And in the spe­cial ses­sion, Sylvester said Pa­trick “had hoped” to add the dis­as­ter reap­praisal bill onto the big­ger prop­erty tax bill as an amend­ment, but the House ad­journed early. Pa­trick never said that pub­licly him­self.

State Rep. Den­nis Bon­nen, R-An­gle­ton, said he doesn’t buy that ex­pla­na­tion and says the Se­nate is guilty of en­gag­ing in “fake ju­nior high pol­i­tics” be­cause they were up­set with Davis. Twenty four bills Davis spon­sored passed the House, but the Se­nate passed only three of those bills dur­ing the reg­u­lar ses­sion. It is a clear pat­tern, said Bon­nen, chair­man of the House Ways and Means Com­mit­tee, which has ju­ris­dic­tion of tax re­form pol­icy.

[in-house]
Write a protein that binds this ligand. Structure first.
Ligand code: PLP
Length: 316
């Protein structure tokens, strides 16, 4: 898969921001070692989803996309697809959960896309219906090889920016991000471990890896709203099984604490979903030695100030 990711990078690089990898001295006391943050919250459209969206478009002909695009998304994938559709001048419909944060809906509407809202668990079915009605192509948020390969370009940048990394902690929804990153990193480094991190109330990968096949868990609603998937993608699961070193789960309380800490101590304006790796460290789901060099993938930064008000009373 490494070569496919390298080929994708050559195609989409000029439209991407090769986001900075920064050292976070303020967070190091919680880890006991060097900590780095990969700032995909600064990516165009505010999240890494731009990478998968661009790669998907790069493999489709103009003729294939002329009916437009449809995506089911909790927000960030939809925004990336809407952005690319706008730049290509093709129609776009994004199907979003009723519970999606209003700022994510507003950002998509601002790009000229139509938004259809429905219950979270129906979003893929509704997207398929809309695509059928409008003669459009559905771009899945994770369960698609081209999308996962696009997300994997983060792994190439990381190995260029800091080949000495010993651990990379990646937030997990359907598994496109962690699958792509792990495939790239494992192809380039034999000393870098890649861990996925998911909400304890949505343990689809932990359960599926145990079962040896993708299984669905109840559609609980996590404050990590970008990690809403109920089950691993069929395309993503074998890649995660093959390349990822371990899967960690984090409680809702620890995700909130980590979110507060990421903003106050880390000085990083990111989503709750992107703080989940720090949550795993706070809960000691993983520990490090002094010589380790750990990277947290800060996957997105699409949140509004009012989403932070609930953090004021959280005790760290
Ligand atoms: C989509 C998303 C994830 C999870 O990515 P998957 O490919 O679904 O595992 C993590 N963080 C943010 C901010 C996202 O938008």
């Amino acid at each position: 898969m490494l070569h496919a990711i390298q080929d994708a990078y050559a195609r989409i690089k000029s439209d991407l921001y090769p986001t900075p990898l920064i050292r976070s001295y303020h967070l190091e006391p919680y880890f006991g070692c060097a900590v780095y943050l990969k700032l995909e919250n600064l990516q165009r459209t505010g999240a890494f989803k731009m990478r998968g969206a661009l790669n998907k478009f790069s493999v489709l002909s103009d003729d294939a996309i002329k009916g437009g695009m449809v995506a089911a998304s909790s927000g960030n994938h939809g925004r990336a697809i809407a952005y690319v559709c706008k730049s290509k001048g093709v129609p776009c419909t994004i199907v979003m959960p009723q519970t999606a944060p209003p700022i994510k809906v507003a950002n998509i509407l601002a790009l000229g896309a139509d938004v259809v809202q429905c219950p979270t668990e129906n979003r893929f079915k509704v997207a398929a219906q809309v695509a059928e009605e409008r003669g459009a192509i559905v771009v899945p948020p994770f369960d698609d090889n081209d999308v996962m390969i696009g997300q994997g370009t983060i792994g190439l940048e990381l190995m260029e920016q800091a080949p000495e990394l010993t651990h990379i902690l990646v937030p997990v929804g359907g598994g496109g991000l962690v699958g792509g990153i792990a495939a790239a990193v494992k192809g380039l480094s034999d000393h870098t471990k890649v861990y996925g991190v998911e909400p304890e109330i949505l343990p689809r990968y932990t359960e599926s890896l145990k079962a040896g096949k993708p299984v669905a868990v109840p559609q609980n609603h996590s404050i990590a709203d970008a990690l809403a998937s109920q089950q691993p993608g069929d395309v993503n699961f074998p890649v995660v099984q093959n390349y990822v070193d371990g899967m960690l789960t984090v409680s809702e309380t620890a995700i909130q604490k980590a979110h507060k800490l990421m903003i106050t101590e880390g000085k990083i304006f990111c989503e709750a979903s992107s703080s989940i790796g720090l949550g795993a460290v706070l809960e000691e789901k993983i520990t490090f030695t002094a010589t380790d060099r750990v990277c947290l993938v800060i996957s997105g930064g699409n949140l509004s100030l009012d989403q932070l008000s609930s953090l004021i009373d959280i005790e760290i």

Worse, Bon­nen said in the spe­cial ses­sion, Tay­lor never filed his bill again, and the Se­nate didn’t lift a fin­ger to try to pass the Davis ver­sion.

“It was the only bill that would have pro­vided Texas res­i­dents real prop­erty tax relief, yet the Se­nate didn’t even try,” Bon­nen said. Frus­trat­ing re­minder

For sup­port­ers of the leg­is­la­tion, the fail­ure of a bill nearly ev­ery­one agreed to and one that would have pro­vided some relief to hun­dreds of thou­sands of peo­ple is a frus­trat­ing re­minder of a key les­son in pol­i­tics.

“The process does not al­ways re­ward good ideas,” said Dale Craymer, pres­i­dent of the Texas Tax­pay­ers and Re­search As­so­ci­a­tion, a non-profit group based in Austin that was one of 13 groups to ad­vo­cate for the bill dur­ing a House com­mit­tee hear­ing in March. No group pub­licly op­posed the leg­is­la­tion dur­ing the hear­ing.